Abstract 19: Reversal of Adverse Remodeling in Chronic Rat Myocardial Infarction by Cardiospheres

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Abstract

Background: Self-assembling three-dimensional cardiospheres (CSps) are known to be effective in improving function and attenuating remodeling as adjunctive therapy in acute myocardial infarction (MI), and they exert functional benefits in large animals with convalescent MI. The effect of cardiospheres in chronically-remodeled myocardium post-MI, and the mechanisms of benefit are unknown.

Methods: We performed permanent LAD ligation in Wistar Kyoto female rats. One month later the animals underwent repeat thoracotomy and were randomly assigned to one of two groups: vehicle-treated controls, or CSp-treated, where CSps (at a seeding dose of 2X106 cells) were injected in the peri-infarct area. Mechanisms were also probed in vitro.

Results: CSps downregulated the canonical Tgfβ1-smad2/3 pathway in co-cultures with fibroblasts and reduced fibroblast proliferation in vitro. Soluble endoglin, abundantly expressed in CSps, was found to limit the Tgfβ1-induced fibrosis in a dose-dependent manner. In vivo, left ventricular function gradually increased one month post-CSp injection with further improvement after up to six months of follow up. Immunoblots verified Tgfβ1/smad cascade downregulation one month post-CSp injection and upregulation of soluble endoglin. In addition, scar mass was reduced one month post-CSp injection compared to controls. Collagen density was attenuated within the infarcted region of the treated group, while immunostaining showed enhanced vessel density in the same region. Six months post-transplantation, cardiomyocyte hypertrophy was reduced in the CSp-treated group compared to control.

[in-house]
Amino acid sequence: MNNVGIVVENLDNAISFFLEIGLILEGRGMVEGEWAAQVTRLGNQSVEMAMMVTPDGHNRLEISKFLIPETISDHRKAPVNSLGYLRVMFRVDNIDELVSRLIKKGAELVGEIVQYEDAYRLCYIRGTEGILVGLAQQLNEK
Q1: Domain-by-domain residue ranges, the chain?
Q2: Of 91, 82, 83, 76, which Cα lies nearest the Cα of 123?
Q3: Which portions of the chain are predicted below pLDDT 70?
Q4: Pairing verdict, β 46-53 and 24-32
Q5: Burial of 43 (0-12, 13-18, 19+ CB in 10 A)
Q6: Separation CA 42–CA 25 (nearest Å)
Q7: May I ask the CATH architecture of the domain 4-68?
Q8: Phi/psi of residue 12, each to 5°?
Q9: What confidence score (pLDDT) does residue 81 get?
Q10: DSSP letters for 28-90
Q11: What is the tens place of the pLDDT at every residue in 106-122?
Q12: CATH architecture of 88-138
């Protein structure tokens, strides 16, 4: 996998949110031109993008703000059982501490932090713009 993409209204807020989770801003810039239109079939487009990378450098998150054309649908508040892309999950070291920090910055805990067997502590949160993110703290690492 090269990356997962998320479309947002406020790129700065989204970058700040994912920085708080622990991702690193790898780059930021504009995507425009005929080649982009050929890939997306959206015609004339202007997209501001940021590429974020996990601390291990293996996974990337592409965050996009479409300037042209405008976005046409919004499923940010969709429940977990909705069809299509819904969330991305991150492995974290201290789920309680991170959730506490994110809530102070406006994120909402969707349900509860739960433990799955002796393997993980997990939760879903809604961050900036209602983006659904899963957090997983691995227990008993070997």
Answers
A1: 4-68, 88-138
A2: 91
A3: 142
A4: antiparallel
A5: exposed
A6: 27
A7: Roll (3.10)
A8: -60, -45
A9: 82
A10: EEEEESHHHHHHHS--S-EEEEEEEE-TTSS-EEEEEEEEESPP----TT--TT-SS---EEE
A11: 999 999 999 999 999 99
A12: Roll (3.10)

Conclusions: CSps injected into the peri-infarct zone enhance angiogenesis and reduce established fibrosis in chronically-infarcted myocardium, thereby reversing, at least partially, adverse remodeling of the heart. The underlying mechanism involves modification of Tgfβ1/smad signaling, a key pathway in the cardiac response to injury.

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